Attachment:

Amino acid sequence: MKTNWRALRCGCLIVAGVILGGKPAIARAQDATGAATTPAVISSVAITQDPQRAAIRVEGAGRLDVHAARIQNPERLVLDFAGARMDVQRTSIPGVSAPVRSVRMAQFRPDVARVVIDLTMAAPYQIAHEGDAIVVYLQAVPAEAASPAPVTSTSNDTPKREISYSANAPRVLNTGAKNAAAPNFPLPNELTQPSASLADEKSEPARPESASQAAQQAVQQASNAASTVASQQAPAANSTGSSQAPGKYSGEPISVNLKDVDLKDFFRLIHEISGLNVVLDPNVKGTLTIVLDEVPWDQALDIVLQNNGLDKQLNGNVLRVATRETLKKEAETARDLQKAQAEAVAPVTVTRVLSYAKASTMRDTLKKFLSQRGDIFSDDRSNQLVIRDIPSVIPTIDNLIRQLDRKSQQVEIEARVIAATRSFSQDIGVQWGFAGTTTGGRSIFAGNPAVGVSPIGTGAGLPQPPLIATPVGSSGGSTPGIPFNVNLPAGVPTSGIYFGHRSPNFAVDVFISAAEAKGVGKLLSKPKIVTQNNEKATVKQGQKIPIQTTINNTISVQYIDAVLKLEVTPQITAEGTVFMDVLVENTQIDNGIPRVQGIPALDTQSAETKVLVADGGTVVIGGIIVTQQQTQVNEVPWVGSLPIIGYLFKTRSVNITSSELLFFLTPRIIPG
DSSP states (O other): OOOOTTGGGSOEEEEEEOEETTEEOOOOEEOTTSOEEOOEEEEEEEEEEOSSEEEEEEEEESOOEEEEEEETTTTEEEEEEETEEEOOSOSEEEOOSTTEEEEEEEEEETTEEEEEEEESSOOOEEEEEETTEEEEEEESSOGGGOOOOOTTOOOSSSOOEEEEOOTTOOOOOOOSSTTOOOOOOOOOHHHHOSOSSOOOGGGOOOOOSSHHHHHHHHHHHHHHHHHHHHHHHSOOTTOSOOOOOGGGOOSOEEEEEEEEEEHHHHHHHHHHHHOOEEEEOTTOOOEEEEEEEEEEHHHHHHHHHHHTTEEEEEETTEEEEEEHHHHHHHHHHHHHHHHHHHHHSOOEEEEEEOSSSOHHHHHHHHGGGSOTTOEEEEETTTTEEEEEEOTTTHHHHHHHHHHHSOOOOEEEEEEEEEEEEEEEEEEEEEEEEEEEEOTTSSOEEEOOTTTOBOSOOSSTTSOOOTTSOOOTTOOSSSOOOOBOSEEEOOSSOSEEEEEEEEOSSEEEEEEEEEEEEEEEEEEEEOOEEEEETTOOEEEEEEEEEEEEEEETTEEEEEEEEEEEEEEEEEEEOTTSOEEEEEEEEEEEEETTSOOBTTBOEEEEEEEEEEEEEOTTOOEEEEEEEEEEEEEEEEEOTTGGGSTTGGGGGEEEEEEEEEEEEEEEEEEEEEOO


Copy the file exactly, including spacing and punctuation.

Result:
Amino acid sequence: MKTNWRALRCGCLIVAGVILGGKPAIARAQDATGAATTPAVISSVAITQDPQRAAIRVEGAGRLDVHAARIQNPERLVLDFAGARMDVQRTSIPGVSAPVRSVRMAQFRPDVARVVIDLTMAAPYQIAHEGDAIVVYLQAVPAEAASPAPVTSTSNDTPKREISYSANAPRVLNTGAKNAAAPNFPLPNELTQPSASLADEKSEPARPESASQAAQQAVQQASNAASTVASQQAPAANSTGSSQAPGKYSGEPISVNLKDVDLKDFFRLIHEISGLNVVLDPNVKGTLTIVLDEVPWDQALDIVLQNNGLDKQLNGNVLRVATRETLKKEAETARDLQKAQAEAVAPVTVTRVLSYAKASTMRDTLKKFLSQRGDIFSDDRSNQLVIRDIPSVIPTIDNLIRQLDRKSQQVEIEARVIAATRSFSQDIGVQWGFAGTTTGGRSIFAGNPAVGVSPIGTGAGLPQPPLIATPVGSSGGSTPGIPFNVNLPAGVPTSGIYFGHRSPNFAVDVFISAAEAKGVGKLLSKPKIVTQNNEKATVKQGQKIPIQTTINNTISVQYIDAVLKLEVTPQITAEGTVFMDVLVENTQIDNGIPRVQGIPALDTQSAETKVLVADGGTVVIGGIIVTQQQTQVNEVPWVGSLPIIGYLFKTRSVNITSSELLFFLTPRIIPG
DSSP states (O other): OOOOTTGGGSOEEEEEEOEETTEEOOOOEEOTTSOEEOOEEEEEEEEEEOSSEEEEEEEEESOOEEEEEEETTTTEEEEEEETEEEOOSOSEEEOOSTTEEEEEEEEEETTEEEEEEEESSOOOEEEEEETTEEEEEEESSOGGGOOOOOTTOOOSSSOOEEEEOOTTOOOOOOOSSTTOOOOOOOOOHHHHOSOSSOOOGGGOOOOOSSHHHHHHHHHHHHHHHHHHHHHHHSOOTTOSOOOOOGGGOOSOEEEEEEEEEEHHHHHHHHHHHHOOEEEEOTTOOOEEEEEEEEEEHHHHHHHHHHHTTEEEEEETTEEEEEEHHHHHHHHHHHHHHHHHHHHHSOOEEEEEEOSSSOHHHHHHHHGGGSOTTOEEEEETTTTEEEEEEOTTTHHHHHHHHHHHSOOOOEEEEEEEEEEEEEEEEEEEEEEEEEEEEOTTSSOEEEOOTTTOBOSOOSSTTSOOOTTSOOOTTOOSSSOOOOBOSEEEOOSSOSEEEEEEEEOSSEEEEEEEEEEEEEEEEEEEEOOEEEEETTOOEEEEEEEEEEEEEEETTEEEEEEEEEEEEEEEEEEEOTTSOEEEEEEEEEEEEETTSOOBTTBOEEEEEEEEEEEEEOTTOOEEEEEEEEEEEEEEEEEOTTGGGSTTGGGGGEEEEEEEEEEEEEEEEEEEEEOO